# Derivative Proof: Prove f'(x)=lim x→0 (f(x+h)-f(x-h))/2h

• v0id19
In summary, the given problem states that if f' is continuous, then the limit of the difference quotient as x approaches 0 is equal to f'(x). The solution involves manipulating the difference quotient by replacing h with -h and taking the limit as h approaches 0, then using the definition of continuity and the limit equivalence of f(a+h) to solve for f'(x). It is also noted that the given problem may be solved with L'Hospital's theorem.
v0id19

## Homework Statement

if f' is continuous, show that:
$$\mathop{\lim}\limits_{x \to 0}(\frac{f(x+h)-f(x-h)}{2h})=f'(x)$$
be sure to explain why f' must be continuous

## Homework Equations

not really any equations, this is for AP Calc BC and we've just done L'Hospital's theorem and the derivatives/integrals of logs and inverse trig functions.

## The Attempt at a Solution

I know that as x-->0 it becomes $$\frac{f(h)-f(-h)}{2h}$$ . I thought about proving that the difference quotient can be manipulated into the above formula, but haven't had any success.

Any pointers?

Are you certain that it's supposed to be as x -> 0 and not h? Aside from that, my only suggestion is to add and subtract f(x)/2h and apply some limit lemmas.

yeah it says x-->0
what is a 'limit lemma'?

I think jgens is right, it's likely h -> 0.

Hmmm, I'm surprised this is Calc BC. I think I've seen this problem in Spivak before.

The trick is to consider the difference quotient and replace h with -h, and then take the limit as h -> 0. Then you should be able to work with the expression given.

EDIT: Ok, this is a slightly different problem. Hmmm, see if you can make use of the definition of continuity, and the equivalence of the statements lim x -> a f(x) and lim h -> 0 f(a+h).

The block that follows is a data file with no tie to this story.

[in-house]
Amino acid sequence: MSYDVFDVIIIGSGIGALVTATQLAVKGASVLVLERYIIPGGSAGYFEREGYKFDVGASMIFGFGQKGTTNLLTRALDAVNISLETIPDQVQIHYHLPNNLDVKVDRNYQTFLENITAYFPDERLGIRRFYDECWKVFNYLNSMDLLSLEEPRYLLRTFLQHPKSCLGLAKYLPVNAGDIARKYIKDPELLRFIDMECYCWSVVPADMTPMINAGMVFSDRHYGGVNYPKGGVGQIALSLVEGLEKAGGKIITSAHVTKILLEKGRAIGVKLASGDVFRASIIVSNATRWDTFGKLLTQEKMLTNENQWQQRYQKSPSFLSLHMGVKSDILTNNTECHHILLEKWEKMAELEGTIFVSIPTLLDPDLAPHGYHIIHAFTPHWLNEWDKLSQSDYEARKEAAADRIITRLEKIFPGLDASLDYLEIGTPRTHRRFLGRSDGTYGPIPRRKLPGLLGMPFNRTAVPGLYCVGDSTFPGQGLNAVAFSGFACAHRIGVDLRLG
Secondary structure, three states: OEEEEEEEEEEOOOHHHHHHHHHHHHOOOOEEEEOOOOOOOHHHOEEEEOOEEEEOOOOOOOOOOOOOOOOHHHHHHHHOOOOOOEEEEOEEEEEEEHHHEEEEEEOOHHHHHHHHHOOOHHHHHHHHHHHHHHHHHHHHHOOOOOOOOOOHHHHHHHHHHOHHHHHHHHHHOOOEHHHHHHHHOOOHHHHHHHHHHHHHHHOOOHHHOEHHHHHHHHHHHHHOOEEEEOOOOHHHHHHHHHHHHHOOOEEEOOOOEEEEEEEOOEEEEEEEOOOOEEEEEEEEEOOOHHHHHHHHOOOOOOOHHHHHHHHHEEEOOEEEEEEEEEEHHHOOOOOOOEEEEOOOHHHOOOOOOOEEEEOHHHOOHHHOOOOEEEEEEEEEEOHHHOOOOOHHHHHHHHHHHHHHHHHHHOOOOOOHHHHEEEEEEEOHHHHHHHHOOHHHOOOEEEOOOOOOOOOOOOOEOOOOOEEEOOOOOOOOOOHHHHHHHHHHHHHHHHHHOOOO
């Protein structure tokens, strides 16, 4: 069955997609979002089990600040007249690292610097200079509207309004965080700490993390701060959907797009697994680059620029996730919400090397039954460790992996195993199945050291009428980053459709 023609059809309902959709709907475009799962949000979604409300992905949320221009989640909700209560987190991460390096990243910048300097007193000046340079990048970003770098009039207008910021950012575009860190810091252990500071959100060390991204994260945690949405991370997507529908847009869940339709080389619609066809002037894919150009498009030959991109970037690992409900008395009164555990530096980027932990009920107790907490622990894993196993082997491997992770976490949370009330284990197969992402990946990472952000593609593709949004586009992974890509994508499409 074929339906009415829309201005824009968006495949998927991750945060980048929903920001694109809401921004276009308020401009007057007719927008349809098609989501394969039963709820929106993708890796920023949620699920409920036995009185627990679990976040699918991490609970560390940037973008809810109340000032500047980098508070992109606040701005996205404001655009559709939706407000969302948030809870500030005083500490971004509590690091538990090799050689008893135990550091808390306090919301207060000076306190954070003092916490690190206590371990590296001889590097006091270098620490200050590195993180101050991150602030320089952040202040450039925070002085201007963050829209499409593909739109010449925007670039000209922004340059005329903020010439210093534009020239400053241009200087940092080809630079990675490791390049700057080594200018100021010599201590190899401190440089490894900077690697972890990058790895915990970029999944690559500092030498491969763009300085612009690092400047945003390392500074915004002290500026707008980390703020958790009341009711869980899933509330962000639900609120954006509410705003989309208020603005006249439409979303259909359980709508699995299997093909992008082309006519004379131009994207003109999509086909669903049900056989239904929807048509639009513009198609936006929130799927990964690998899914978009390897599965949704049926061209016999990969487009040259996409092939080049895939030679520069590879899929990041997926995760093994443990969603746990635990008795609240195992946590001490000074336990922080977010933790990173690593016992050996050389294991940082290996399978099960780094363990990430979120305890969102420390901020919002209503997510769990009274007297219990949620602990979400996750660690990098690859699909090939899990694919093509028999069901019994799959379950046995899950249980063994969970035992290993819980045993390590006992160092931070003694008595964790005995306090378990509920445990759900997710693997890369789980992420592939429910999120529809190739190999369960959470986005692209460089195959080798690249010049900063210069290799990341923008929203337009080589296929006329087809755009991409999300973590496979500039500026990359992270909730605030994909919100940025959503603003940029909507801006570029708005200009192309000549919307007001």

Last edited:
I think this approach may work:

Derivative of a function: y = f(x) than y - dy = f(x - h), hence dy/dx = lim h -> 0 (f(x) - f(x - h))/h

Given (f(x + h) - f(x - h))/2h = (f(x +h) - f(x) + f(x) - f(x - h))/2h. Take the limit as h -> 0 and I think that should yield a solution.

A limit lemma would be lim x-> c kf(x) = klim x -> c f(x) where k is a constant.

thanks i'll give that a try--my only question is how do i get it from x-->0 to h-->0?

So it turns out my math teacher actually did write the question wrong... it really is h-->0. it's solved with a simple l'hospital. thanks guys

## What is a derivative?

A derivative is a mathematical concept that represents the rate of change of a function at a specific point. It is also known as the slope of the tangent line to the function at that point.

## What is the purpose of a derivative proof?

The purpose of a derivative proof is to show that the formula for finding the derivative of a function, in this case f'(x)=lim x→0 (f(x+h)-f(x-h))/2h, is valid and can be used to calculate the derivative at any point.

## How do you prove f'(x)=lim x→0 (f(x+h)-f(x-h))/2h?

The proof involves using the definition of a derivative, which is the limit of the difference quotient as h approaches 0. By manipulating the difference quotient and using algebraic techniques, the limit can be simplified to the given formula for f'(x).

## Can the derivative proof be applied to all functions?

Yes, the derivative proof can be applied to all functions, as long as they are continuous and differentiable at the point of interest. However, some functions may require more complex proofs than others.

## Why is the limit as h approaches 0 important in the derivative proof?

The limit as h approaches 0 is important because it represents the instantaneous rate of change of the function at a specific point. It allows us to calculate the slope of the tangent line to the function at that point, which is the definition of a derivative.

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